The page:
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Swedish Vallhund:Dog Breed Profile

The Swedish Vallhund is native to Sweden and originated in the 6th century. The Swedish Vallhund was raised mainly by Swedish farmers in the 8th century and was originally used to graze cattle. Swedish Vallhund is intelligent, energetic, and easy to breed, making them ideal for domestic pets. Because it is small, strong, healthy, and easy to care for, it is patient to play with children and can be played with at any time.

Swedish Vallhund Breed Picture & Video

  • About Swedish Vallhund Breed

    The Swedish Vallhund is an ancient Spitz breed. For centuries, this breed has been used not only as a farm dog but also as a cattle dog. A small Spitz herder, the Swedish Vallhund is powerful and fearless. The reasonable ratio of height to length is 2:3. It has a square head, erect ears, compact thick coat of medium length, and black coat. The Double coat of the Swedish Corgi is a distinctive feature of the breed. The tail is natural (long, stumped, or cut short) or is severed. This breed is intelligent, alert, and energetic in appearance. Balance, appearance, temperament, and movement are important. This breed is excellent not only for traditional animal husbandry but also for proper training such as obedience, tracking, agility, etc., or as a family companion dog.

Swedish Vallhund Breed Daily Care

Swedish Vallhund are short-haired dogs, so it's easy for us to groom our dogs without having to spend a lot of money on grooming every year like other breeds. We just want to ensure simple grooming once a day, once a month to wash it. However, it's important to note that we should not give our dogs human body wash, as this could cause skin problems, so we'd better use pet-specific cleaning products.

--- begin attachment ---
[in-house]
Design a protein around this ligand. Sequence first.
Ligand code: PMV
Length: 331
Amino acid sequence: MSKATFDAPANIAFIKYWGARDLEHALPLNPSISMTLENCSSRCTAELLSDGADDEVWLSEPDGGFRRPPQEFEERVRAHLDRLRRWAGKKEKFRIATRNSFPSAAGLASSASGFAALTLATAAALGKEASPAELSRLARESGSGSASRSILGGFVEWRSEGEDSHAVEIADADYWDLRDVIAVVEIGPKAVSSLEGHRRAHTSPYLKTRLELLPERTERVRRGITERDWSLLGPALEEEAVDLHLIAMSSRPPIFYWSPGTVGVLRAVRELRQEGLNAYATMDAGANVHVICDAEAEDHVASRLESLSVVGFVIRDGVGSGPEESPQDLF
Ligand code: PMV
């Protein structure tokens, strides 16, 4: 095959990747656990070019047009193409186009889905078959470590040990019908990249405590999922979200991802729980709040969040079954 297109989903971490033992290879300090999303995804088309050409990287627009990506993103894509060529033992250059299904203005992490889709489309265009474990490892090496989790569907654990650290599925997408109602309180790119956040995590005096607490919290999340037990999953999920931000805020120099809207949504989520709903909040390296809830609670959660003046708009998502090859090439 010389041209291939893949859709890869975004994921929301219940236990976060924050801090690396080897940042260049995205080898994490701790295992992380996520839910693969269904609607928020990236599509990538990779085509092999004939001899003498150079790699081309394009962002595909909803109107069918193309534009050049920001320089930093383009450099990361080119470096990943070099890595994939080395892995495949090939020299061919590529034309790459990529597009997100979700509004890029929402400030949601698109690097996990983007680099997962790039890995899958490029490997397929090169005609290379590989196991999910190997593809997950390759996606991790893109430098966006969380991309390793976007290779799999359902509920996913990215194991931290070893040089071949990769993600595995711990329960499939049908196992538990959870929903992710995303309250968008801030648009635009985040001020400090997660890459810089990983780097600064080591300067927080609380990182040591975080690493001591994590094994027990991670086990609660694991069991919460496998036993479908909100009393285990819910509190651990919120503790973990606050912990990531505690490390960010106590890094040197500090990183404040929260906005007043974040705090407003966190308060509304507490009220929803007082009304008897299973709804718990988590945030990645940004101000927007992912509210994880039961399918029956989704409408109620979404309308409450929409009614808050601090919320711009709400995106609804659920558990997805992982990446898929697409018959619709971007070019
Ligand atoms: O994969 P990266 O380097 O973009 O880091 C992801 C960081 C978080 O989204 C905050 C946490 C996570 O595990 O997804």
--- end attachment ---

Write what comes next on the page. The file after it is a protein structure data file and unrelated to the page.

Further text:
Swedish Vallhund is not picky about what they eat, but we try to ensure that our dogs are fed with natural food, and we refuse all kinds of commercial food sold in supermarkets, which are heavy in oil and salt. We can also give our dogs carrots regularly for nutrition and teeth grinding. In addition, Swedish Vallhund's body shape determines that he needs a lot of calcium, so we try to choose a high-calcium diet and pay attention to chondroitin supplement after middle age.

Due to the inflammation caused by external stimuli, when the Swedish Vallhund is bitten by fleas and ticks, comes into contact with chemical agents with sensitive substances in the ingredients, and is infected by bacteria and mold, it will cause the dog to be allergic. Fleas or mites are common allergens.

We can relax our Swedish Vallhunds by going for a walk or play a game to improve our relationship. Note that each assignment should be simple and clear so that the dog does not confuse or suspect or resist the owner's instructions.

 We should pay attention to keep the Swedish Vallhund away from Windows and balconies when taking care of the dog. We should avoid leaving Windows and balconies open, as puppies are small enough to pass through the fence. It can also climb onto furniture and overturn it.

Swedish Vallhund Breed History

The Swedish Vallhund was raised mainly by Swedish farmers in the 8th century and was originally used to graze cattle. In 1942 the species was endangered and in very small numbers. Dog experts have made great efforts to revive the breed and keep its population rising. In 1948 the Swedish Dog Owners' Club recognized it. In 1964, the Swedes changed the name to "Vasgotaspets", which are now widely distributed in Sweden. Swedes believe it is the ancestor of the Corgi throughout Europe, but this claim has been widely debated. Whether the Swedish corgi is an ancestor of the Corgi or a descendant of the Corgi has not been determined. It is small, but powerfully built and has boundless energy. The shape of the dog bears a striking resemblance to the Welsh Corgi, but the color tends to be soft. The Federal Kennel Club recognized it in 1996.    

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